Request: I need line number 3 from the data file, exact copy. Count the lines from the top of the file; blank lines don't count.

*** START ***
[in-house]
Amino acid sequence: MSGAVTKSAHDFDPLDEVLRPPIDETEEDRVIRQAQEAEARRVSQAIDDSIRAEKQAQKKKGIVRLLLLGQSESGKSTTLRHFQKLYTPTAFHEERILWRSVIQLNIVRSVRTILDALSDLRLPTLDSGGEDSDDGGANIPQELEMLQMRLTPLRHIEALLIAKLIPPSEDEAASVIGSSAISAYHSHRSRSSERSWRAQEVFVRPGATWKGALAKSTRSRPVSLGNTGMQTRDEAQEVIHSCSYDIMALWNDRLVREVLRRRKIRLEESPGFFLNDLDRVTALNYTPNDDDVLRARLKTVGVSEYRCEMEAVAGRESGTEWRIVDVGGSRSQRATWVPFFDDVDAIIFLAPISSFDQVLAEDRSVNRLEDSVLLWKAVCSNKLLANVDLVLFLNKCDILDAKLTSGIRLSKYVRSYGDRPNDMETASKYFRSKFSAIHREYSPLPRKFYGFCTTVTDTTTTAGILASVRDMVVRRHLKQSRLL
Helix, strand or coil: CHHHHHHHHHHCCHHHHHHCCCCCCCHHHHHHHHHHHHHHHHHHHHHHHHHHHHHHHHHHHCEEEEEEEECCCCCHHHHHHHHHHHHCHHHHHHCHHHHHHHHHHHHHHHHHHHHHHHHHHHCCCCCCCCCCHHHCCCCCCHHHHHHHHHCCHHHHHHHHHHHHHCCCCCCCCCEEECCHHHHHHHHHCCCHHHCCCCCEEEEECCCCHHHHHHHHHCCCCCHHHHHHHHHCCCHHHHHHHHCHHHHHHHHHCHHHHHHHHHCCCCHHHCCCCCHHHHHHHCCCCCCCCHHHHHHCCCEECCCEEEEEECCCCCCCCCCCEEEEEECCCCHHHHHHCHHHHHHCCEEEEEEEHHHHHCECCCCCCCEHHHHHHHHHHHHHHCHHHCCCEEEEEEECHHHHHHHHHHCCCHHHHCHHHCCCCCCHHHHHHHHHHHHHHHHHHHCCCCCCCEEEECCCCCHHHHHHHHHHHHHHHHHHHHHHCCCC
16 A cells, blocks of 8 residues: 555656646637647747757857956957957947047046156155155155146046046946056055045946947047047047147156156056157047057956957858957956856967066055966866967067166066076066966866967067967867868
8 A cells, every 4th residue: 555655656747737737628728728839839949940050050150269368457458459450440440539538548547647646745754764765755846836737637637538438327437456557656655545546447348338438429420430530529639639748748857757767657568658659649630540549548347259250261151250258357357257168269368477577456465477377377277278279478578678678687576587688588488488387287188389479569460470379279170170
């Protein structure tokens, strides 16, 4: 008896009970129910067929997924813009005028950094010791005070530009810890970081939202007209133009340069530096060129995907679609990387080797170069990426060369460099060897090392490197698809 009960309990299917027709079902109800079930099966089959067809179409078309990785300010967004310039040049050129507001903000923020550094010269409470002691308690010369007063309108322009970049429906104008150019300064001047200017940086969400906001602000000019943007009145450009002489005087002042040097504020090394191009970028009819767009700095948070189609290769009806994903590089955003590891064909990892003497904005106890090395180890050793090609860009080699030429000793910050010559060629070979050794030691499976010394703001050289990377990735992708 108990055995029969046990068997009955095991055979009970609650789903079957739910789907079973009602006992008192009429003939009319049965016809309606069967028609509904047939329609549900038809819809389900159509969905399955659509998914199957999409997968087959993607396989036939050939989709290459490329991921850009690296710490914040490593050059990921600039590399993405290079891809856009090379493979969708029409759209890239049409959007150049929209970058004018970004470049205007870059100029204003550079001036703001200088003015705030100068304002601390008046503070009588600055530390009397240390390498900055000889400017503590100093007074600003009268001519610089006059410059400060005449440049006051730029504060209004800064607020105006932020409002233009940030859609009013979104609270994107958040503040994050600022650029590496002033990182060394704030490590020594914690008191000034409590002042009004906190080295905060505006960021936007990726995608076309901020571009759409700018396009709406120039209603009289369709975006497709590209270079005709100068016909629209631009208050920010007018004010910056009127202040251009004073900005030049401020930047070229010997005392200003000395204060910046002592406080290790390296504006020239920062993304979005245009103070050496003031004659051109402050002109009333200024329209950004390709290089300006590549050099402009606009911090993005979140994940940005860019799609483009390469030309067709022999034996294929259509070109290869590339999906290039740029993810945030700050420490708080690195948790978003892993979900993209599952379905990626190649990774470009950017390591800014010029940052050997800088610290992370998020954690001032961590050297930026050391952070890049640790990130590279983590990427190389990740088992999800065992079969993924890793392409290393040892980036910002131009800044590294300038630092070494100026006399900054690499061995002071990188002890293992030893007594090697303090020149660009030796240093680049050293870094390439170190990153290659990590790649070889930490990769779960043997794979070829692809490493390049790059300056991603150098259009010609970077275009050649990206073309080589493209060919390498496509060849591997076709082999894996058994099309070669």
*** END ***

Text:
Helix, strand or coil: CHHHHHHHHHHCCHHHHHHCCCCCCCHHHHHHHHHHHHHHHHHHHHHHHHHHHHHHHHHHHCEEEEEEEECCCCCHHHHHHHHHHHHCHHHHHHCHHHHHHHHHHHHHHHHHHHHHHHHHHHCCCCCCCCCCHHHCCCCCCHHHHHHHHHCCHHHHHHHHHHHHHCCCCCCCCCEEECCHHHHHHHHHCCCHHHCCCCCEEEEECCCCHHHHHHHHHCCCCCHHHHHHHHHCCCHHHHHHHHCHHHHHHHHHCHHHHHHHHHCCCCHHHCCCCCHHHHHHHCCCCCCCCHHHHHHCCCEECCCEEEEEECCCCCCCCCCCEEEEEECCCCHHHHHHCHHHHHHCCEEEEEEEHHHHHCECCCCCCCEHHHHHHHHHHHHHHCHHHCCCEEEEEEECHHHHHHHHHHCCCHHHHCHHHCCCCCCHHHHHHHHHHHHHHHHHHHCCCCCCCEEEECCCCCHHHHHHHHHHHHHHHHHHHHHHCCCC